# Area of a triangle inside a larger triangle

It's been a while since I've done any geometry so I'm a bit confused by this question.

We have a triangle $\triangle PQR$ whose total area is $90 \mathrm{cm}^2$. Another triangle $\triangle PTU$ is formed inside $\triangle PQR$ where the point $T$ is such that $PT=2TQ$ and $U$ is such that $QU = 2UR$. The points $T,U$ are on the edges $PQ$ and $QR$, respectively.

So we can say that $TQ= x, PT = 2x, PQ =3x$ and $UR =y, UQ = 2y, QR= 3y$.

I'm trying to find the area of the triangle $\triangle PTU$ but I'm having some difficulties. If we let $\angle PQR=\gamma, \angle PRQ = \beta, \angle QPR = \alpha$, then $$y=kx$$ where $k=\frac{\sin(\alpha)}{\sin(\beta)}$ and $$x^2 \frac{\sin(\gamma)\sin(\alpha)}{\sin(\beta)}=20$$ via the Sine Rule and the Cosine Rule.

I seem to have a few too many variables to solve this though and was wondering if I could get some pointers. Thanks!

PS: This is supposed to be solvable using elementary methods (middle-high school), so nothing crazy in your solutions (even Routh's theorem would probably be a bit much). Sorry for the lack of a diagram too!

$PT=2QT$, $QU=2UR$. Let $PH$ be the altitude from $P$ to edge $QR$. Thus $Area(\triangle PQR)=3Area(\triangle PUR)=90$, since they have the same altitude $PH$, and their bases satisfy $QR=3UR$.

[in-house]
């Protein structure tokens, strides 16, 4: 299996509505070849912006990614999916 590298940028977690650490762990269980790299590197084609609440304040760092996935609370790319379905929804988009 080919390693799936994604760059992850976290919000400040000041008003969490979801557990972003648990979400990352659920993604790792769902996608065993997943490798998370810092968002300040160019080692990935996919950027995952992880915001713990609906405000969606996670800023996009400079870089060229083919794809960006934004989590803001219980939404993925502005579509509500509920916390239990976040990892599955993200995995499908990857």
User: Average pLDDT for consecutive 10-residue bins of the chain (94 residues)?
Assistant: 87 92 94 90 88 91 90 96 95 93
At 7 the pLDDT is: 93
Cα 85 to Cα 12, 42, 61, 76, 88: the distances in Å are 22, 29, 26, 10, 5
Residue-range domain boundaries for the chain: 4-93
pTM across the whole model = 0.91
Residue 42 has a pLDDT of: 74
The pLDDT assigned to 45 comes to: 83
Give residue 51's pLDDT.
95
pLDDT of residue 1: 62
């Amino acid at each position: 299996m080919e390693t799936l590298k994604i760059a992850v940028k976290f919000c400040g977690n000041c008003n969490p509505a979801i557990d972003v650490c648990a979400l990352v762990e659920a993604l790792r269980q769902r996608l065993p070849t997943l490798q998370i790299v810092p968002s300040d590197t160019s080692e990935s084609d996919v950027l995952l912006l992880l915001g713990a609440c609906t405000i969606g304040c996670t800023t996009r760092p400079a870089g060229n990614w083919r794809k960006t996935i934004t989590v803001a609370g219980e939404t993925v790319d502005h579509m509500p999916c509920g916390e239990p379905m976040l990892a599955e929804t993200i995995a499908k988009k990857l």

Let $UG$ be the altitude from $U$ to edge $PQ$: you get $Area(\triangle PUT)=2Area(\triangle QUT)$, since they have the same altitude $UG$, and their bases satisfy $PT=2QT$. Thus $Area(\triangle PUT)=40$.
• I understand the bits where you find the relationships between the areas of the triangles, but I'm not sure I understand the bits where $PH=QR=3UR$ and $UG=PT=2QT$. Could you please explain? – jamesh625 Oct 30 '14 at 3:24
• I meant both triangles $PQR$ and $PUR$ have altitude $PH$, and their bases satisfy $QR=3UR$. Answer modified ("altitude" instead of "height"). – Milly Oct 30 '14 at 3:26
• Ah I see. I'm pretty bad at parsing syntax: {they have the same altitude $PH$} and then {$QR=3UR$}. Correct? Not {they have the same height} therefore {$PH=QR=3UR$} – jamesh625 Oct 30 '14 at 3:28